Claim: Israel’s establishment amid the 1948 Arab-Israeli war and the associated displacement of 750,000 Arab inhabitants who lived in the territories governed by the former British mandate of Palestine – constitute the original, irredeemable sin which nullified any right the Zionist movement may have initially had to form a state. The fact that Israel continues to act in bad faith till this very day is further proof of its illegitimacy.

Rebuttal: This line of reasoning assumes that countries (rather than regimes or governments) can lose their right to sovereignty through ‘bad behavior’. I reiterate this point, because people who argue this line of reasoning don’t conclude by saying “… thus Israel should withdraw from the territories it captured in the 1967 war”. Rather anti-Zionists claim that the Jewish state has lost its right to exist because of its policies.

This differs totally from international criticism leveled at rogue states or examples of state-sanctioned terrorism. Critics call for the replacement of the Assad regime, not for the destruction of Syria or its essence as an Arab-majority state. Activists seek the demise of the North Korean leadership, not its people. As we speak, the Turkish military is the process of occupying large swathes of Kurdish-majority northern-Syria. Nobody calls into question the existence of the Turkish state. The year before Israel’s establishment, the 1947 partition of British India into a Muslim and Hindu state led to the forced displacement of 10 – 12 million people and the deaths of 200,000 – 2 million people. If Pakistan was born in sin, I have yet to hear somebody call its downfall.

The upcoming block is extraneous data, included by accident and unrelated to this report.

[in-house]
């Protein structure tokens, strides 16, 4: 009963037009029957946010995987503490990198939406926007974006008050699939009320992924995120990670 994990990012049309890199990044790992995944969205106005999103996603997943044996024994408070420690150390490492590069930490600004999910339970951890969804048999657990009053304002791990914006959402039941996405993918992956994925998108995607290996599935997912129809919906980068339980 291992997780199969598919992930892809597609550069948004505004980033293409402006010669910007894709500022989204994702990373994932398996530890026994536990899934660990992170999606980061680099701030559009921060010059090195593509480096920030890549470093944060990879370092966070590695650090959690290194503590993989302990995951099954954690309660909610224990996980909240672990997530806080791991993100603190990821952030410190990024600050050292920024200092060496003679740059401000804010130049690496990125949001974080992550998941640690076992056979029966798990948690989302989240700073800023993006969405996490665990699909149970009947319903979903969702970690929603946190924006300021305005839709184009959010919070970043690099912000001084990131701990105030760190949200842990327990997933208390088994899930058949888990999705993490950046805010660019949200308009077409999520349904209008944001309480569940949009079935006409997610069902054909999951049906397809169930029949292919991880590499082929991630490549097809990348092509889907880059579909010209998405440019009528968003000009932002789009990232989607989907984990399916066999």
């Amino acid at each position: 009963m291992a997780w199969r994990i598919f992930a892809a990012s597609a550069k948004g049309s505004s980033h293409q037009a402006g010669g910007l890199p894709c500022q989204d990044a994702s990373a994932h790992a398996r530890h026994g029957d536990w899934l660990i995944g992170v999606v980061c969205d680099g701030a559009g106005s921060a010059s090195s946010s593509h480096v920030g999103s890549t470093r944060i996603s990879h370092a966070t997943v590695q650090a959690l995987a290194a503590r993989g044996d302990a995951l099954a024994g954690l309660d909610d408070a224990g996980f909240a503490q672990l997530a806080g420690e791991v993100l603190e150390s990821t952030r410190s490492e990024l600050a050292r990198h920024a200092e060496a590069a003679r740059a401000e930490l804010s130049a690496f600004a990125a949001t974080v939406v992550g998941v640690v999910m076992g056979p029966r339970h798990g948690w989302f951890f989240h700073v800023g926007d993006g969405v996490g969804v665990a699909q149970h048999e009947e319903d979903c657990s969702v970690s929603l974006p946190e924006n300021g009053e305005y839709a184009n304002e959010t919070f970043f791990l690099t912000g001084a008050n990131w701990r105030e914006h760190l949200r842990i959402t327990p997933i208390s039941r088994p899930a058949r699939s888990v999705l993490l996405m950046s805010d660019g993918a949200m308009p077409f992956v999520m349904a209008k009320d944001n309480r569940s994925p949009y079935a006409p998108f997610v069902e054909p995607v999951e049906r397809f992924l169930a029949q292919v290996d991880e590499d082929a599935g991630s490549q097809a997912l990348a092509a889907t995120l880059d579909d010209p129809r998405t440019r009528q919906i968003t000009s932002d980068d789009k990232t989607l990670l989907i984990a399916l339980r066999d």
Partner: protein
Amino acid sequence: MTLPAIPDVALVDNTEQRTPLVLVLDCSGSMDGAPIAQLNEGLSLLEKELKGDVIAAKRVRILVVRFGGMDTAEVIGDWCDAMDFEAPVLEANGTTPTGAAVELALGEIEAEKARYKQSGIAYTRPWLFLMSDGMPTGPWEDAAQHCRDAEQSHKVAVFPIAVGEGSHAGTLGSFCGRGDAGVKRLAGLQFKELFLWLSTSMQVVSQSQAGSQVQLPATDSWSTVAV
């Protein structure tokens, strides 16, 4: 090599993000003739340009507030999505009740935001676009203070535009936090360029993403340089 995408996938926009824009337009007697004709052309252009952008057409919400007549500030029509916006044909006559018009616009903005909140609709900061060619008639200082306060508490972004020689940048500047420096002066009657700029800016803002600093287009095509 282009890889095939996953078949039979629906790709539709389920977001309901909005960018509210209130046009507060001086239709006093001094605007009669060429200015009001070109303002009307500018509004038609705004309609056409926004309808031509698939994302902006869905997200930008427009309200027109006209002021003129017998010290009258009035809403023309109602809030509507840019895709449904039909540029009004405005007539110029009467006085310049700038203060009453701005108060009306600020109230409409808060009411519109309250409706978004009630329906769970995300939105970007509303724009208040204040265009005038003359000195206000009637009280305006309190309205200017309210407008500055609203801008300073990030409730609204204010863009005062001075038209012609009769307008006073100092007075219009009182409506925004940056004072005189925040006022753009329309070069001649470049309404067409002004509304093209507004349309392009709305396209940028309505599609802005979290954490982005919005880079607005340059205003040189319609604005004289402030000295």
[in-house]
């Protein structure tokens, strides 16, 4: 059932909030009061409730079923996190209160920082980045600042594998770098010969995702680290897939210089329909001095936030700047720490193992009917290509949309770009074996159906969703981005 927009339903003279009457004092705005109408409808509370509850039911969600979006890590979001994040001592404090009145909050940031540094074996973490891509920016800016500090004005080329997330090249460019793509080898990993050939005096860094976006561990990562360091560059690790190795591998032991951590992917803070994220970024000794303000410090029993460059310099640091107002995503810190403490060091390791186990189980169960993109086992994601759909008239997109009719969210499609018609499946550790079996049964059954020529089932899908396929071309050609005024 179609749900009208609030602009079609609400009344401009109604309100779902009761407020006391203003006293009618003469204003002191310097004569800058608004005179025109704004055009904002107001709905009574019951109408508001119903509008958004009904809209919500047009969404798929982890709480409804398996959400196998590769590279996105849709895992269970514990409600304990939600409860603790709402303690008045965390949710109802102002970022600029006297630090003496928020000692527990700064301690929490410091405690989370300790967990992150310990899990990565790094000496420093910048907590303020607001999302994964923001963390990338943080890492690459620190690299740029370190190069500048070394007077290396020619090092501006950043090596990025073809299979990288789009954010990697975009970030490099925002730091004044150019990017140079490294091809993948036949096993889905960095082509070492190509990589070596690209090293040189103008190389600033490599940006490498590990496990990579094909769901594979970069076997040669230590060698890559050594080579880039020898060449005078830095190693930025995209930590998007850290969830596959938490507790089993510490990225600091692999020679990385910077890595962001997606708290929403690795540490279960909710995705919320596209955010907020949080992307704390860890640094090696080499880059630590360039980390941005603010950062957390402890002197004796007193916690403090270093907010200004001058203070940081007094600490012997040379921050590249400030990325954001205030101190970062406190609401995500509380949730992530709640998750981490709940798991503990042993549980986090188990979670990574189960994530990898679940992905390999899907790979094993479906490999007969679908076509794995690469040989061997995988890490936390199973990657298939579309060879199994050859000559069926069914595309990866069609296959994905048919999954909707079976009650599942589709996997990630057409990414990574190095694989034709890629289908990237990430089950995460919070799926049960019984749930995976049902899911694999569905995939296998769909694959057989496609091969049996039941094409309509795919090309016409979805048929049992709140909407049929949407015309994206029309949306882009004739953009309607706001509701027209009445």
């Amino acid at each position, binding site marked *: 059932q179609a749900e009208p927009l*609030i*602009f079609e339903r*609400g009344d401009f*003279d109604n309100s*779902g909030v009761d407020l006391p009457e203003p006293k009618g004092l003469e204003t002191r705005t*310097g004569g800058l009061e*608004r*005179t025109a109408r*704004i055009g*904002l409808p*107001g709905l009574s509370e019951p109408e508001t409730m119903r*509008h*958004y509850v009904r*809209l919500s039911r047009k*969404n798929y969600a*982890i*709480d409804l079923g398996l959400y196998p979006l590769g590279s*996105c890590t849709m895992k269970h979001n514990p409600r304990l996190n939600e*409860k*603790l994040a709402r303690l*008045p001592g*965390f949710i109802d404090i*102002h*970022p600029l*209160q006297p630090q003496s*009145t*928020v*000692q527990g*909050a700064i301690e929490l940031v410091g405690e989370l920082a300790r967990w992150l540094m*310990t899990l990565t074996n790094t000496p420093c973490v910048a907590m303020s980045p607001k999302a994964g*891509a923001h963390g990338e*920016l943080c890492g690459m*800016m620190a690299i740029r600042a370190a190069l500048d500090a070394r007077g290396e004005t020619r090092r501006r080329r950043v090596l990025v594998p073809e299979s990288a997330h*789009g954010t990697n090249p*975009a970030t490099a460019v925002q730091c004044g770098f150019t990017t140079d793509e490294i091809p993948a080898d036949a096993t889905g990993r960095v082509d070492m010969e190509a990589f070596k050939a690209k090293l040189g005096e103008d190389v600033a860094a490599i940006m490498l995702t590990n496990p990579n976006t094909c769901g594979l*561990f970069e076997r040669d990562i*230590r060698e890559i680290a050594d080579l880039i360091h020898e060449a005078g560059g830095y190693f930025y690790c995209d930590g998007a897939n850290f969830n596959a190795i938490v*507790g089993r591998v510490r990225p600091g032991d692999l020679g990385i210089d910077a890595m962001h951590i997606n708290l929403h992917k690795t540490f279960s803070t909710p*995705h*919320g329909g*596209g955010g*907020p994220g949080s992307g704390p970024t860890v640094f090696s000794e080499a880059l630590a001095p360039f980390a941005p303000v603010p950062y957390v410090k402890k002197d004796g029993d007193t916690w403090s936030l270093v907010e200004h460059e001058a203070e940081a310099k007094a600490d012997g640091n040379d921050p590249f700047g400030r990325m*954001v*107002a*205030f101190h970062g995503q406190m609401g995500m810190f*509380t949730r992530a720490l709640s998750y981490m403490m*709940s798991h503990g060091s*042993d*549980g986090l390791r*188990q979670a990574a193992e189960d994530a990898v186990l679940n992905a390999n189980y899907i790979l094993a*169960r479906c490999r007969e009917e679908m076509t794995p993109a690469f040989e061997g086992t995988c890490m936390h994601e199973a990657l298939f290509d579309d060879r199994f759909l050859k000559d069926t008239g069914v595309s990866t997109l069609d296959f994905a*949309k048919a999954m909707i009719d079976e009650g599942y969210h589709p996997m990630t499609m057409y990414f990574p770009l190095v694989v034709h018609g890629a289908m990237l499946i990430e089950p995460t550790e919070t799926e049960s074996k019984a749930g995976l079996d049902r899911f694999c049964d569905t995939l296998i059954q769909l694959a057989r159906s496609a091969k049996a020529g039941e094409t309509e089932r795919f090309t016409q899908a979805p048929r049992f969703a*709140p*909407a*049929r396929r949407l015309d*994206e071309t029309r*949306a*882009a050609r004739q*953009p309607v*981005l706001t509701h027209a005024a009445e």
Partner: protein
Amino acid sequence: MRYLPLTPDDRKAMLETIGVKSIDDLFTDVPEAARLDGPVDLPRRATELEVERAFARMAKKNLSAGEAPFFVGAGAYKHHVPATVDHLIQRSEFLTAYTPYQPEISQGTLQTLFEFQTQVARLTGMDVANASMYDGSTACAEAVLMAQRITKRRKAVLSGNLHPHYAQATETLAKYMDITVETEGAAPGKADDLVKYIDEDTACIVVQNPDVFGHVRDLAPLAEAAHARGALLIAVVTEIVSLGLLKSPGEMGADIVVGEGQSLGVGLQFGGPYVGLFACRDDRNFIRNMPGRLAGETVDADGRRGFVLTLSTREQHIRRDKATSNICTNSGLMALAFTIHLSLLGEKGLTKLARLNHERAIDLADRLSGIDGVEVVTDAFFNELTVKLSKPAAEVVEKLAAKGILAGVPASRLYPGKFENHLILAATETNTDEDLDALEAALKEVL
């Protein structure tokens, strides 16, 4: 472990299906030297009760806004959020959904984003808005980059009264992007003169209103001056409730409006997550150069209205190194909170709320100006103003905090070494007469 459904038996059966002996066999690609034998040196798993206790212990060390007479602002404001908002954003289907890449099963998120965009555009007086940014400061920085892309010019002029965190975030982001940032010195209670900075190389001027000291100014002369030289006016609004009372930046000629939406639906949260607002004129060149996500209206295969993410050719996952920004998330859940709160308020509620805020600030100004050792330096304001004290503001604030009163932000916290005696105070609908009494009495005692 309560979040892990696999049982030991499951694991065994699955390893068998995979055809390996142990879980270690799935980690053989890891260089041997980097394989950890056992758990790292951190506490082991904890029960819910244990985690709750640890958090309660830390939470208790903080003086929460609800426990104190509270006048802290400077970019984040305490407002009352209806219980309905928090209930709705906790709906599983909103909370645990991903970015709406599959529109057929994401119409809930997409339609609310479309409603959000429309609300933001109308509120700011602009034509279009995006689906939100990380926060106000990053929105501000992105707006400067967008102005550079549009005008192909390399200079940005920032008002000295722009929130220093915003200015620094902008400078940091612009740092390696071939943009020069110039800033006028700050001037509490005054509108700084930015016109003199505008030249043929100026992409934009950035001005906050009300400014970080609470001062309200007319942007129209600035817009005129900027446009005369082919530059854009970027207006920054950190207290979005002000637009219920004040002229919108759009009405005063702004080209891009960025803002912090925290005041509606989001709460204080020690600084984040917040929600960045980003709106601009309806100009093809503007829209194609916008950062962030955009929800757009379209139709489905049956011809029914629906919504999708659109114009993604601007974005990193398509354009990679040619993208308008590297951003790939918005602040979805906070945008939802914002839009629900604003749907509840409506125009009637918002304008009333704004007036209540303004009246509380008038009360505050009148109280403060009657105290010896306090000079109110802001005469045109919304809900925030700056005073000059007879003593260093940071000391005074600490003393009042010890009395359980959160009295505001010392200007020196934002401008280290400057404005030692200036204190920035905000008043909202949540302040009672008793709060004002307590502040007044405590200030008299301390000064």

Which legal precedent in the modern world can be pointed to that calls for the eradication of a state, its institutions, official language and the removal of its inhabitants because of the displacement of 750,000 people 70 years earlier — whatever the context? This is not to belittle the real suffering of people that lost their homes, land and landscape in any way. But according to which hierarchy of values does the mass displacement of one people justify the mass displacement of another?

Should 4th generation Israeli Jews “return” en masse to Europe and North Africa — where they do not belong nationally or historically and where they will not be accepted — to make way for 4th generation Palestinians from Chile, Canada and Dubai?

Campaigning for peace and for an end to the conflict is noble and admirable. But doing so at the expense of Israel’s existence is not. If aggregated human rights violations are what earn countries pariah status — and if in the minds of anti-Zionists Israel has crossed this threshold, does that mean that other states that have caused far greater losses of life and displacement should be dismantled as well? Where are the campaigns against those countries?

These aren’t mere whataboutisms, but genuine attempts to apply the rule in the axiom fairly to all cases. No event exists out of context and no country exists in a vacuum, so it shouldn’t be treated as such.

  1. All nation states / international borders / nationalisms are evil, starting with Israel.